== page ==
Competência Cultural/educação , Bacharelado em Enfermagem/métodos , Ética em Enfermagem/educação , Simulação de Paciente , Estudantes de Enfermagem/psicologia , Competência Clínica , Humanos , Princípios Morais , Papel do Profissional de Enfermagem/psicologia , Pesquisa Qualitativa
8.
BMC Pregnancy Childbirth ; 20(1): 118, 2020 Feb 19.
Artigo em Inglês | MEDLINE | ID: mdl-32075593

RESUMO

BACKGROUND: In Denmark, 13% of all children are born by non-Western immigrant women. The public antenatal care has not adapted to this increased diversity of women. Compared to women coming from Western countries, non-Western immigrant women have an increased prevalence of severe maternal morbidity and higher risks of maternal death, stillbirth and infant death. Suboptimal care is a contributing factor to these ethnic disparities, and thus the provision of appropriate antenatal care services is pivotal to reducing these disparities and challenges to public health. Yet, little is known about the targeted interventions which have been developed to reduce these inequities in reproductive health. The MAMAACT intervention, which included a training course for midwives, a leaflet and a mobile application, as well as additional visit time, was developed and tested at a maternity ward to increase responses to pregnancy warning signs among midwives and non-Western immigrant women. AIM: To explore the feasibility and acceptability of the MAMAACT intervention among midwives and identify factors affecting midwives' delivery of the intervention. METHODS: Eight mini-group interviews with midwives (n = 18) were undertaken. Systematic text condensation was used to analyse data. RESULTS: Three main categories were identified, which were 'Challenges of working with non-Western immigrant women', 'Attitudes towards and use of the leaflet and mobile application', and 'Organisational factors affecting the use of the MAMAACT intervention'. CONCLUSIONS: The MAMAACT intervention was found to be feasible as well as acceptable among midwives. Women turning to relatives for pregnancy-related advice, time constraints during midwifery visits, incomplete clinical records and lack of professional interpreter assistance impacted midwives' delivery of the MAMAACT intervention. Midwives displayed a readiness for the MAMAACT intervention; however, there is a need to further examine how contextual factors may impact the use of the intervention in antenatal care. TRIAL REGISTRATION: ClinicalTrials.gov, Retrospective Registration (07/2/2020), registration number NCT04261400.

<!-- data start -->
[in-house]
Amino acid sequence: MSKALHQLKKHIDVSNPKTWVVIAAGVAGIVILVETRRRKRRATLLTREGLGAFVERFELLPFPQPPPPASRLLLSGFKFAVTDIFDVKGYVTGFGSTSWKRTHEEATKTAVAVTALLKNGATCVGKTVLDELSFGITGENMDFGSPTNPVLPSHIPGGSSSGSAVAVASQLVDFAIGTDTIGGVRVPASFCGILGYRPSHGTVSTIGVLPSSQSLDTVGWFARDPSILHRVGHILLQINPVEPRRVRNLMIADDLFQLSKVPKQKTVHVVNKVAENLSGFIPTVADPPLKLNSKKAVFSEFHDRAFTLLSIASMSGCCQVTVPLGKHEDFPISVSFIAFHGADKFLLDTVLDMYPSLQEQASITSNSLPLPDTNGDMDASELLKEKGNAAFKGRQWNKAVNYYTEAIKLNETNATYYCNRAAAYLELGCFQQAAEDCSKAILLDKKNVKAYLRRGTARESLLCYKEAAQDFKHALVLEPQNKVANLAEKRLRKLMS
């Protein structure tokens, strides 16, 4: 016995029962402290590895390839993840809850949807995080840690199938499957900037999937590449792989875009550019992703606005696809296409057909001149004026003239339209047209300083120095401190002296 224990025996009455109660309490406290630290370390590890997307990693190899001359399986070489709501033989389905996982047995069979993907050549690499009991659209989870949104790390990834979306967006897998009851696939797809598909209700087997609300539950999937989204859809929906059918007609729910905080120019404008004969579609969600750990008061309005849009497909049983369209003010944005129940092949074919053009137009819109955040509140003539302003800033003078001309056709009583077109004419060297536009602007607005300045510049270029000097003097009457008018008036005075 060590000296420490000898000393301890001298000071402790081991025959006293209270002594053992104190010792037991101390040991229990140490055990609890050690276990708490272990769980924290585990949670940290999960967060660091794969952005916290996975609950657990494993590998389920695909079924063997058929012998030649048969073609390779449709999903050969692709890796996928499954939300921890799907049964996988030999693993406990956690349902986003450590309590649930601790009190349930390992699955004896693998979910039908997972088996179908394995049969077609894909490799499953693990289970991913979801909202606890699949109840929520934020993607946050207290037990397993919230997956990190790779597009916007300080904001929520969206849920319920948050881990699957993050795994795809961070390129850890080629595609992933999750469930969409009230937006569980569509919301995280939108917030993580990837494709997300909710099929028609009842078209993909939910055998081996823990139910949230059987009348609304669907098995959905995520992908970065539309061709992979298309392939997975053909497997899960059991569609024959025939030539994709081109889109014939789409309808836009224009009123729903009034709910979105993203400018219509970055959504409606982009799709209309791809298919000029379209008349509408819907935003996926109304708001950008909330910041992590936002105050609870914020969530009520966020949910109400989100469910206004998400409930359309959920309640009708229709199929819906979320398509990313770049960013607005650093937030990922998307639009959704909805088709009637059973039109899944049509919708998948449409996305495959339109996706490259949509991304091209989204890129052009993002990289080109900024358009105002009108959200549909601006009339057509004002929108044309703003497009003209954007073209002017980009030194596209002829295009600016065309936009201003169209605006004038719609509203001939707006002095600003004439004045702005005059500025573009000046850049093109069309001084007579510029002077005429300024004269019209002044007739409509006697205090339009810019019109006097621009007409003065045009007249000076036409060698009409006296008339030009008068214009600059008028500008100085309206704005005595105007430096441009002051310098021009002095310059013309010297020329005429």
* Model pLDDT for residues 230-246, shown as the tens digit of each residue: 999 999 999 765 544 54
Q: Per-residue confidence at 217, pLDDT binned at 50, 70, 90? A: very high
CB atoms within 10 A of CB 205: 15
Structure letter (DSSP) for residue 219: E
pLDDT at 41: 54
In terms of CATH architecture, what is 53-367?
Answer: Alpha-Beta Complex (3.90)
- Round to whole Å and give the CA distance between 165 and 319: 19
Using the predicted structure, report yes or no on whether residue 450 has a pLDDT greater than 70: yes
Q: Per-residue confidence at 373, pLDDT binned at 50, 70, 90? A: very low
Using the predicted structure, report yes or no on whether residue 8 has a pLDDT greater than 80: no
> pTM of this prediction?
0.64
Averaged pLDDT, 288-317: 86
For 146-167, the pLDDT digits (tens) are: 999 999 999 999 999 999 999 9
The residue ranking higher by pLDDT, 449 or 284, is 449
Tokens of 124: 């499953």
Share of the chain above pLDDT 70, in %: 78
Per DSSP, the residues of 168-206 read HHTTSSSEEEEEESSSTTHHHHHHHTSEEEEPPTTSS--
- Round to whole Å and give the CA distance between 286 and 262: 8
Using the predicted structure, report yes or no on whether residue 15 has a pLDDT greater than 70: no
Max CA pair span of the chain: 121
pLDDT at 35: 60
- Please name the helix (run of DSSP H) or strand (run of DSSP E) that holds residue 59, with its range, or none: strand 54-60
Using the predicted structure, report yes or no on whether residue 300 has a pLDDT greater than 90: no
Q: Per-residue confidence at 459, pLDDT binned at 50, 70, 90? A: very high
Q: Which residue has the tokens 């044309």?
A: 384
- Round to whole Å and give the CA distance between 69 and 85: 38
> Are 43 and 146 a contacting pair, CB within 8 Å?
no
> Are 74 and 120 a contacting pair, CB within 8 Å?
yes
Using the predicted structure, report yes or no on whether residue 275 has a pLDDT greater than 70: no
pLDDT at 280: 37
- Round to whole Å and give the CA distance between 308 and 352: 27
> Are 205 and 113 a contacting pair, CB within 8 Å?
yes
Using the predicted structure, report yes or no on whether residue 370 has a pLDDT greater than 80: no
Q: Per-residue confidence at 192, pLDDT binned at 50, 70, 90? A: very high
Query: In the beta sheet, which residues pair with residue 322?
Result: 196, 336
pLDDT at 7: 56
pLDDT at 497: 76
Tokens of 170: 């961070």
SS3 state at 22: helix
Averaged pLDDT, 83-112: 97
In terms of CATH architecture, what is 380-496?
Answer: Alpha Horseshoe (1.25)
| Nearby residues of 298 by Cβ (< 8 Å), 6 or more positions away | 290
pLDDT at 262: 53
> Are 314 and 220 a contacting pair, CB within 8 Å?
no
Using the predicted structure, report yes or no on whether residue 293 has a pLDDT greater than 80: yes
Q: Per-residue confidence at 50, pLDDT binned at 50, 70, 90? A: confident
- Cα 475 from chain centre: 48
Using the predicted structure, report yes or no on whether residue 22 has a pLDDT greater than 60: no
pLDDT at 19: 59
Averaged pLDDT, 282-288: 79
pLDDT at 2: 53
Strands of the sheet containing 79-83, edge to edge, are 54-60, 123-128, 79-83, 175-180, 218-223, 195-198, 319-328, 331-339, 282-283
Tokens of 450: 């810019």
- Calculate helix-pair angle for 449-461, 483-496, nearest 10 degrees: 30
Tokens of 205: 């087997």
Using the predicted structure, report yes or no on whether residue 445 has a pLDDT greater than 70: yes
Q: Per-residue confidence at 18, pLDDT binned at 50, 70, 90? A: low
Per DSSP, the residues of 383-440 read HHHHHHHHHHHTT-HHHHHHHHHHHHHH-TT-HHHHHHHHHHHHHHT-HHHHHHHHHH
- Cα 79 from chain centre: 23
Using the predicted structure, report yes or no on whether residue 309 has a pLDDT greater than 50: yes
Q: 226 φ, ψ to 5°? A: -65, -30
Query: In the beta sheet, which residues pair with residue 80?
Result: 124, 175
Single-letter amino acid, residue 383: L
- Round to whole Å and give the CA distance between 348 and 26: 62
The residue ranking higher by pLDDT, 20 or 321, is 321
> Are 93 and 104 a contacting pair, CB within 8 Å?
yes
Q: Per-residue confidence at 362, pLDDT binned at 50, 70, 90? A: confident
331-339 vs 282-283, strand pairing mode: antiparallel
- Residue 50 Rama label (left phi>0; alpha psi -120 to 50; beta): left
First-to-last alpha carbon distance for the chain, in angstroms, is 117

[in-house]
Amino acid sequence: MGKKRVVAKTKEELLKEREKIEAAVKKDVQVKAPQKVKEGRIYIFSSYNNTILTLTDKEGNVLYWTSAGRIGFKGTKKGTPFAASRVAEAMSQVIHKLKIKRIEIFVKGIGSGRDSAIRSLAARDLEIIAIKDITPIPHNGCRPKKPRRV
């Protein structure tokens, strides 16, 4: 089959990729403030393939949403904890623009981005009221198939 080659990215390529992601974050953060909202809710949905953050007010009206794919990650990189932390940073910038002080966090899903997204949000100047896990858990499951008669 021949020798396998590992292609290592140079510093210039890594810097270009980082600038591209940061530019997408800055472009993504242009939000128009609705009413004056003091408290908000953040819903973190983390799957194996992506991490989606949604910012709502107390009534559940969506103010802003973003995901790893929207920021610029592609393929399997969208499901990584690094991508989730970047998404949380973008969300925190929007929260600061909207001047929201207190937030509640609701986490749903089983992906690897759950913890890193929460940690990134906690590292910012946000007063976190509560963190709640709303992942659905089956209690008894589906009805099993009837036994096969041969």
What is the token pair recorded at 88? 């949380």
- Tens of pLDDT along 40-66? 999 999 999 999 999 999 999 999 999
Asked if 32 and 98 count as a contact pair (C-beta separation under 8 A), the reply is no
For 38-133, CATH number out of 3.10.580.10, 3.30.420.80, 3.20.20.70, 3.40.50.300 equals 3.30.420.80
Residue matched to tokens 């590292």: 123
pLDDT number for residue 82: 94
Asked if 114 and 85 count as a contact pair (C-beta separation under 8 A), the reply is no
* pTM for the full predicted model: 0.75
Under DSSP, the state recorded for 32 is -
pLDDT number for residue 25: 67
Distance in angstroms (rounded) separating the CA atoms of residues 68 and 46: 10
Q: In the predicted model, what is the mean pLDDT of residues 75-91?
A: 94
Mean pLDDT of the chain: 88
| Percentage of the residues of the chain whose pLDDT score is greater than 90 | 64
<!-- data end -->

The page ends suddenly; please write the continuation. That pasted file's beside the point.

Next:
Assuntos
Emigrantes e Imigrantes , Grupos Étnicos , Disparidades em Assistência à Saúde/etnologia , Enfermeiras Obstétricas/educação , Cuidado Pré-Natal/métodos , Adulto , Competência Cultural/educação , Dinamarca , Estudos de Viabilidade , Feminino , Humanos , Tocologia/educação , Gravidez , Pesquisa Qualitativa